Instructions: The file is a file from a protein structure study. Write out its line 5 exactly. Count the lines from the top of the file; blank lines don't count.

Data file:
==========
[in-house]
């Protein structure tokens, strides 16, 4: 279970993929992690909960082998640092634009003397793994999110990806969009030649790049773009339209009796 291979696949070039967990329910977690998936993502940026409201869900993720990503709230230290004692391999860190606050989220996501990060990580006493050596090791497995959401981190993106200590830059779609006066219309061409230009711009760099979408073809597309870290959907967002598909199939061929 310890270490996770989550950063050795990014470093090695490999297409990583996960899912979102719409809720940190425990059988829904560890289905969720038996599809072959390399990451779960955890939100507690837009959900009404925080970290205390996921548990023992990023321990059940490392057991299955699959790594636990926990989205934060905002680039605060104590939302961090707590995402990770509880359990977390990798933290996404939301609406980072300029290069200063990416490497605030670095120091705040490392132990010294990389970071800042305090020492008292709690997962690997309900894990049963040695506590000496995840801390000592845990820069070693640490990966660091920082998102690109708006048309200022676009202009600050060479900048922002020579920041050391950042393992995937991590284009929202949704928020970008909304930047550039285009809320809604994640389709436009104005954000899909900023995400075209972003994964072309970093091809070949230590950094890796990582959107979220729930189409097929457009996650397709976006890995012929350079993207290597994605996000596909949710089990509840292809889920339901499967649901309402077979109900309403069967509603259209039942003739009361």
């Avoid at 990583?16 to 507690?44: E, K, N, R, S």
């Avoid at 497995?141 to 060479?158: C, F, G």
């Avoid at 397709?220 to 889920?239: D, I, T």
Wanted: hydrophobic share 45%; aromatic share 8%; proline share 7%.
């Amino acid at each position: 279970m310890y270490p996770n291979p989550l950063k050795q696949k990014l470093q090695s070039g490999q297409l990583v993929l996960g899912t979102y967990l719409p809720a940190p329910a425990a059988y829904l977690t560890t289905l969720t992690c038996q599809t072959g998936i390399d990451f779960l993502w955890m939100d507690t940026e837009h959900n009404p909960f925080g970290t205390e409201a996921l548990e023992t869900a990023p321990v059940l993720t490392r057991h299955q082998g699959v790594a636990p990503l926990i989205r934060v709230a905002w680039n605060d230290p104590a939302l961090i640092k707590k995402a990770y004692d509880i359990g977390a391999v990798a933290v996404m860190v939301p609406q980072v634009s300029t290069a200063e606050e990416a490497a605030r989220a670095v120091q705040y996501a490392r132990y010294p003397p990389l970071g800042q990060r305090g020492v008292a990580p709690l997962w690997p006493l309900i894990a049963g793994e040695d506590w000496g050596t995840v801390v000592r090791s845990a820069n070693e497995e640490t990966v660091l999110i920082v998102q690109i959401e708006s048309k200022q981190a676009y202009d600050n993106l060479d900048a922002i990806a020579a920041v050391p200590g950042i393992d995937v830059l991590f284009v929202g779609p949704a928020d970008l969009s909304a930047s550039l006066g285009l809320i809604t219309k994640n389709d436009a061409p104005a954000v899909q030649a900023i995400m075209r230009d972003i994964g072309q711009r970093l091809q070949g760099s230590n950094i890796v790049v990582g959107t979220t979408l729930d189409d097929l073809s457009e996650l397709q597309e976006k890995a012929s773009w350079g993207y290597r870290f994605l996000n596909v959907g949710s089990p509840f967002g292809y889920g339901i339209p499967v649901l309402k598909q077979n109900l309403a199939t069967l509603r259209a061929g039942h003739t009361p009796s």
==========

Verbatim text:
């Avoid at 397709?220 to 889920?239: D, I, T």